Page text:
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NetApp-Sun Litigation News: USPTO Order on NetApp's '292 Patent
Wednesday, October 08 2008 @ 01:15 AM EDT

There's news from the NetApp-Sun patent litigation front, and I think you'll like it. Sun's general counsel, Mike Dillon, posts the news that the US Patent Office has now responded to all six of Sun's reexamination requests, which they filed based on prior art. We've been waiting for the order on the reexamination from the USPTO on the claims of '292. Dillon's the lawyer, not me, and he says the USPTO has now rejected all the '292 claims, but I'd describe it from the Order [PDF] from the USPTO more that it found that the prior art "raises substantial new questions of patentability" as to the claims. This isn't yet the end of the process, but it's still very good news for Sun, no matter how you describe it.

Last we looked, the USPTO had responded to five of the six reexamination requests. I knew you'd want to hear about this, because some of you did research last October on possible prior art on that particular patent. You might find it useful to look over the order in detail to see how the USPTO viewed prior art in the specifics, with the goal of equipping us to be more and more effective. There is also an Order [PDF] regarding the Markman hearing matters, which is also favorable to Sun, Dillon tells us. I've no doubt Sun is rejoicing, because their ZFS technology is very important to them.

I wonder how many times folks will sue Open Source projects before they realize that if there is one thing I believe you will never find it's anyone deliberately trying to misuse someone's IP?

Here, first, are the details from Dillon on the USPTO decision:

After NetApp filed its lawsuit to halt adoption of Sun's open source ZFS technology, we responded by filing reexamination requests with the PTO citing the extensive amount of highly relevant prior art that was not disclosed or considered when NetApp originally filed its patents. The patent office clearly agreed with the relevance of this prior art, as demonstrated by its rejection of the claims across all of the reexaminations. Of these patents, three have been described by NetApp as "core" (US Patent Nos. 6,857,001; 6,892,211; and 5,819,292). Here's the current status of each of them:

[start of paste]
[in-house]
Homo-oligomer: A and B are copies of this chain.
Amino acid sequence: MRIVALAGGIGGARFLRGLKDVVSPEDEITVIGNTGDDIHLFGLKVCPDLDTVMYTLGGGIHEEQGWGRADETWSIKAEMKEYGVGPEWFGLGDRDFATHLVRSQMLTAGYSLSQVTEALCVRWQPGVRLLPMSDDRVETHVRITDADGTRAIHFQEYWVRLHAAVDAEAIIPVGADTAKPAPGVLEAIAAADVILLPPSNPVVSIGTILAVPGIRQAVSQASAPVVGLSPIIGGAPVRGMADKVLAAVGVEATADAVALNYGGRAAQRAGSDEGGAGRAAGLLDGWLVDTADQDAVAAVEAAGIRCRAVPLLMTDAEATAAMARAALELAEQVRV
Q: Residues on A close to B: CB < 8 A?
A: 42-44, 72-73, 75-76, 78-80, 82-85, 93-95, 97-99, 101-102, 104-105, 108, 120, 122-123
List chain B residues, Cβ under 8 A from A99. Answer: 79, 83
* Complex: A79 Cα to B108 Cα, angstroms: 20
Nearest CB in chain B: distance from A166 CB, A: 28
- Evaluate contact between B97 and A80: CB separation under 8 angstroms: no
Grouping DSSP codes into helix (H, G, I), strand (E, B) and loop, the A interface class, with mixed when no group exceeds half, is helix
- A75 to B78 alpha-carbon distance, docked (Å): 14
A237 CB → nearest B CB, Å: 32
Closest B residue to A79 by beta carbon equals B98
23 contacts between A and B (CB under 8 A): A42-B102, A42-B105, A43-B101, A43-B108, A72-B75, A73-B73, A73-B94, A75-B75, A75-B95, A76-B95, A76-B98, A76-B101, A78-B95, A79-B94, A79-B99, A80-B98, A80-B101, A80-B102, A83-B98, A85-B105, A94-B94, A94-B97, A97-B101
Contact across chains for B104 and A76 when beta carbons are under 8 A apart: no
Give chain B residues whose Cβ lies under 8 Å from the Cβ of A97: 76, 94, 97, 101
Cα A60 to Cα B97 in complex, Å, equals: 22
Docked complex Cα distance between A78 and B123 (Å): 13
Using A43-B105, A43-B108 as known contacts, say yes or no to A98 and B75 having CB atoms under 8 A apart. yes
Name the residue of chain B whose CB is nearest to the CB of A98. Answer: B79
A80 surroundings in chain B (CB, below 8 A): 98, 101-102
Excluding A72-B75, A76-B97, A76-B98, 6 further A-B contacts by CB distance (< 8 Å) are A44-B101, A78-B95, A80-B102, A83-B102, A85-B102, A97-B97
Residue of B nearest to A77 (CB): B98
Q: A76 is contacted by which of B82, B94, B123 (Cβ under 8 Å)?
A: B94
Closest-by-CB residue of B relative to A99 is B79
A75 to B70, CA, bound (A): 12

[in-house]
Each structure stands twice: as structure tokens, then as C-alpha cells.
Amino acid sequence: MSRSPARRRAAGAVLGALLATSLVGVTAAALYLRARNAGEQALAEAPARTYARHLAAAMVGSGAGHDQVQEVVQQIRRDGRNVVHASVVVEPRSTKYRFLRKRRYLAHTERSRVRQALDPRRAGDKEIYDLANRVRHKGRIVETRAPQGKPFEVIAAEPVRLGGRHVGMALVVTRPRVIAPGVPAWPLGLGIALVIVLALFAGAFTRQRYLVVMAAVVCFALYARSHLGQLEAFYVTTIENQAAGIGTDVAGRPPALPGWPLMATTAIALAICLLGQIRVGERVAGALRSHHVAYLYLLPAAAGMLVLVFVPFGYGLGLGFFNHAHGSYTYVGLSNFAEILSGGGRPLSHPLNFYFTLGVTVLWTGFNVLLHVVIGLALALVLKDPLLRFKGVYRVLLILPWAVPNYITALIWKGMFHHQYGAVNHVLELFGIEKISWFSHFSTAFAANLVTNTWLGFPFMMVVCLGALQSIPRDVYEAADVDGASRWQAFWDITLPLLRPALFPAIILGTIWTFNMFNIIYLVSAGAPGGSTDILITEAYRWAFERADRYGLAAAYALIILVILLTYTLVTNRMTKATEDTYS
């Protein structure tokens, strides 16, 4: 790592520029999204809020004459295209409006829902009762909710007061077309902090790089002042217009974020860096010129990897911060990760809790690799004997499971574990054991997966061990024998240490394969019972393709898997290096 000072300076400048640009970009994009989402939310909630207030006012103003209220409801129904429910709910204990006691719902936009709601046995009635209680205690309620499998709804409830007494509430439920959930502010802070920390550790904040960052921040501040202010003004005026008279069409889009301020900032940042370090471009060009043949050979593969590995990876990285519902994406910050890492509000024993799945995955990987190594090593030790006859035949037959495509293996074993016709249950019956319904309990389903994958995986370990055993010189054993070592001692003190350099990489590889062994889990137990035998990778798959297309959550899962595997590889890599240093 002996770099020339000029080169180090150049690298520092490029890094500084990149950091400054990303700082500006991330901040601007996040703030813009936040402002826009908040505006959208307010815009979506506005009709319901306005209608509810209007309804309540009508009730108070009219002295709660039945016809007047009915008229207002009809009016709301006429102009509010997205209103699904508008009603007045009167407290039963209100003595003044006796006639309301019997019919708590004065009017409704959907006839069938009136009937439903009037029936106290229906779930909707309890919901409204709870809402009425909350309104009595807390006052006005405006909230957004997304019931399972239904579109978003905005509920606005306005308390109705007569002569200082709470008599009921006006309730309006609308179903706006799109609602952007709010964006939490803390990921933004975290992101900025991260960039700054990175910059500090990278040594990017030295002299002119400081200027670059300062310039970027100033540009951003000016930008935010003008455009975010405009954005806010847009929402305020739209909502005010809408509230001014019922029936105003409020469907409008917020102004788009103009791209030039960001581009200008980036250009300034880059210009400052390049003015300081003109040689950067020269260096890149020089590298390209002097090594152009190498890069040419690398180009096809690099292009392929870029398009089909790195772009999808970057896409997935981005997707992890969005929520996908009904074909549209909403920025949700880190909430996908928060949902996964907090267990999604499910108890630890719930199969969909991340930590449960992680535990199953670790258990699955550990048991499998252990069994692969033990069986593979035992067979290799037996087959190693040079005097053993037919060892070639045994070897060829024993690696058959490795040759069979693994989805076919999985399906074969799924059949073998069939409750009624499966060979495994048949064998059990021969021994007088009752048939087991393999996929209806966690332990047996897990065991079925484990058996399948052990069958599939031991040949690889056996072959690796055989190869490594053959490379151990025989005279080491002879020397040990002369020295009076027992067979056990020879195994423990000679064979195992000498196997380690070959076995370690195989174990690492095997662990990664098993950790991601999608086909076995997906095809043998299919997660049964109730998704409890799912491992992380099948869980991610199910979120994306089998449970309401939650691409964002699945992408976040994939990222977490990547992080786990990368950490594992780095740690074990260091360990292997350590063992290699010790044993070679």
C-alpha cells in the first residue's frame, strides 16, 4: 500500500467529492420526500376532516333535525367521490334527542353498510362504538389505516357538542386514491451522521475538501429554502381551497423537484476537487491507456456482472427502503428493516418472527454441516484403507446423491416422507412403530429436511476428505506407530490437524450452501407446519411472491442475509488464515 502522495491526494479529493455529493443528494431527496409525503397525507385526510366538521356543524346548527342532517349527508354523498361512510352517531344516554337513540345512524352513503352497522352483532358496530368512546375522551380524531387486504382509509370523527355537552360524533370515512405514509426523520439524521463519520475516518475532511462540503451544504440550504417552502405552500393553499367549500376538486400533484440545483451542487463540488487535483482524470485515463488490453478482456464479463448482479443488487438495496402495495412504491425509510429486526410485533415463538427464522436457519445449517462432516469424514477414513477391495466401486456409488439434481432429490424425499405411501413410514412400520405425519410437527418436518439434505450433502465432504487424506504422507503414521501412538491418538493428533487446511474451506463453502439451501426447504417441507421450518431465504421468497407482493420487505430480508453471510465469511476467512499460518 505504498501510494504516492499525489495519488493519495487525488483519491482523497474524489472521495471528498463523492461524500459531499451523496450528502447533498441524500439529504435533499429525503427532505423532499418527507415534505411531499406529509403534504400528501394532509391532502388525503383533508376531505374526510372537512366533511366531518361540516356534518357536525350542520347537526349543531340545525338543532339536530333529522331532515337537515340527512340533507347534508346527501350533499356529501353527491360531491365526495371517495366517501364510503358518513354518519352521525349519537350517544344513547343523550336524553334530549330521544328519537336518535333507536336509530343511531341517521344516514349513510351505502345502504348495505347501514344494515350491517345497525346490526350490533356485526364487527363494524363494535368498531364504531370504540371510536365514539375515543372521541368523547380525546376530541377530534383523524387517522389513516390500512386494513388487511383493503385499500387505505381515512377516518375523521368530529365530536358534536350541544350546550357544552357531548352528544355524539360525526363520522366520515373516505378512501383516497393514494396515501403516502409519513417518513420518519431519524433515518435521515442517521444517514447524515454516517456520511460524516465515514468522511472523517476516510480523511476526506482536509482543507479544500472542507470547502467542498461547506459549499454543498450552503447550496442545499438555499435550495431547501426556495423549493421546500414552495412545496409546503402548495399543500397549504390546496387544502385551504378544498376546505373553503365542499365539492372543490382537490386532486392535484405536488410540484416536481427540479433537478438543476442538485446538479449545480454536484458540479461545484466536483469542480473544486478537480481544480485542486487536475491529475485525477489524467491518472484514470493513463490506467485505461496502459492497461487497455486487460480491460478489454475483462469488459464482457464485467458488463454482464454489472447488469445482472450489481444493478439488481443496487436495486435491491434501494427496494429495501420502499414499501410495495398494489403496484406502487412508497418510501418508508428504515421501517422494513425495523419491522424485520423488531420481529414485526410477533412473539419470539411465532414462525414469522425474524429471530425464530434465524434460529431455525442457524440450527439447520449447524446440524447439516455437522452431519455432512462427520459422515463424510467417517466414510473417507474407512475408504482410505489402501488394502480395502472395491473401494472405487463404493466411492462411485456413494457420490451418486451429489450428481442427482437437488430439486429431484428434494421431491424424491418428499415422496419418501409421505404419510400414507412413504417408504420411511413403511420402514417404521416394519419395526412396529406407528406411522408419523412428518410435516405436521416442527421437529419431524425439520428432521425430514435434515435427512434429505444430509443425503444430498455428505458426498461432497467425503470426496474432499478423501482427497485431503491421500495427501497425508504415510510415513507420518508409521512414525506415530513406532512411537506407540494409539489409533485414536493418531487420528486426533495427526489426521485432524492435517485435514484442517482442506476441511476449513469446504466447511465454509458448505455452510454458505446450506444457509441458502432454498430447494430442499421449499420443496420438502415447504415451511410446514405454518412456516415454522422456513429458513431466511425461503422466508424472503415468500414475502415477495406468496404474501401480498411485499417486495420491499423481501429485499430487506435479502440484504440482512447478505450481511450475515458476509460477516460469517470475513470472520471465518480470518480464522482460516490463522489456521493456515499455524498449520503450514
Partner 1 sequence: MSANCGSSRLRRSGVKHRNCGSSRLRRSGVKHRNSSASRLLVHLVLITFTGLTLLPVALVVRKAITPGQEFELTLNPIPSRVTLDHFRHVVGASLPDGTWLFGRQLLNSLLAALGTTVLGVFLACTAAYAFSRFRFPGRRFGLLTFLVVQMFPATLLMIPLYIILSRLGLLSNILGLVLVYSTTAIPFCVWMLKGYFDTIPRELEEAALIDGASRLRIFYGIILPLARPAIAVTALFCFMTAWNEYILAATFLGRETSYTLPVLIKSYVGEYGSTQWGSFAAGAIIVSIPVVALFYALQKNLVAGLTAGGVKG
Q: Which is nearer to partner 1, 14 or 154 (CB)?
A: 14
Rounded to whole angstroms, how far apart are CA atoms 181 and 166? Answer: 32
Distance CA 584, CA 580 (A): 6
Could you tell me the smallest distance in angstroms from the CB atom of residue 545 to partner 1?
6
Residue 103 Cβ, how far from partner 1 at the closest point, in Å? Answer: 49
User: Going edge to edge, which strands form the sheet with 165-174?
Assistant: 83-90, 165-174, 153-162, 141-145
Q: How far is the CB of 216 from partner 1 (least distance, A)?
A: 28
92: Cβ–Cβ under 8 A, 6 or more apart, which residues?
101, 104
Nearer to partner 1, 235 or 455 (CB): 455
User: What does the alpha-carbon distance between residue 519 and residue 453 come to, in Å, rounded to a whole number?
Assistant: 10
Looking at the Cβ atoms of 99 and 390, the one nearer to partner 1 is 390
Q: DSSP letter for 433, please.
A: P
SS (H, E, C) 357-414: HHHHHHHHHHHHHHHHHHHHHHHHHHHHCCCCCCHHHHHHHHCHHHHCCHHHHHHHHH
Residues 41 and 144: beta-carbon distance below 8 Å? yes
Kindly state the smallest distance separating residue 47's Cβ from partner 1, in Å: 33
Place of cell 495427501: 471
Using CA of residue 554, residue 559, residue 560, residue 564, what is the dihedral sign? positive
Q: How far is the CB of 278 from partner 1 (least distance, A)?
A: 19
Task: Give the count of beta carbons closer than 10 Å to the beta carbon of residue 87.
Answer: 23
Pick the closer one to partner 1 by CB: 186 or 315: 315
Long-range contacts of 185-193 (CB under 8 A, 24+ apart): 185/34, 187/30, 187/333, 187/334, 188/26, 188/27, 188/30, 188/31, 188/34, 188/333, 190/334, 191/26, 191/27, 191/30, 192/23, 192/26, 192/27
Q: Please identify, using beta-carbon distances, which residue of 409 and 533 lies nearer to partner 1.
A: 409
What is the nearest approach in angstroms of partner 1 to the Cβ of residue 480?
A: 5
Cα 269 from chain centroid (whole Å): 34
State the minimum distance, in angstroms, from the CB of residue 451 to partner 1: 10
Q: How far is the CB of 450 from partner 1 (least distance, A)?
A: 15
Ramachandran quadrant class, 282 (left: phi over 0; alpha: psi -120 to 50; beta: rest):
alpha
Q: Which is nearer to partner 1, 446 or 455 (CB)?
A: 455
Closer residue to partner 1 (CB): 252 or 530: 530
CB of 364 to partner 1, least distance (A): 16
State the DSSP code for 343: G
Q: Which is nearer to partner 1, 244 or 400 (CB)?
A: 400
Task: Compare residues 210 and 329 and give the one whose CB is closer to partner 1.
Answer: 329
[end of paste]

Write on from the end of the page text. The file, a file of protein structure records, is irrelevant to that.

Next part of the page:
NetApp Patent No. 6,857,001 - The PTO rejected all 63 claims of the patent based on 10 prior art references provided by Sun. In addition, the trial court has agreed to remove that patent from the litigation for now pending the final reexamination by the PTO.

NetApp Patent No. 6,892,211 - The PTO rejected all 24 claims of the patent based on 12 prior art references provided by Sun. There is currently a request pending before the trial judge to stay this patent from the litigation as well.

NetApp Patent No. 5,819,292 - And late last week, we were informed that the PTO has rejected all of the asserted claims of this patent relying on at least two separate prior art references out of the many provided by Sun. (The examiner felt that to consider the other references would be "redundant".)

And here's the info on the Markman Order:

In summary, the court agreed with Sun's interpretation on six of the disputed terms (two of which the court adopted with slight modification) and with NetApp on one. As to the remaining terms, the court either formulated its own interpretation or requested that the parties propose a further construction (i.e. definition). If you want to read the Order from the Markman hearing you can find it here.

Most significantly, the Court found each of the asserted claims in NetApp's 7,200,715 patent relating to RAID technology to be "indefinite" - meaning that someone with experience in this area of technology could not understand the limits of the claimed invention. With regard to NetApp's '715 patent, the court agreed with Sun's position that the claims of the patent are flatly inconsistent with and impossible under the teaching of the patent specification. In effect, unless NetApp appeals and this finding is reversed, the '715 patent is effectively invalidated in this case and against others in the future.

In addition, the Court's findings on the terms "server identification data", "domain name", "portion of a communication" "element of a communication" and "completing a write operation within a local processing node" further strengthen our position that the processors, network interface and systems management software used across NetApp's product line infringe Sun's patents.

Meanwhile ZFS and OpenStorage continue to gain momentum.


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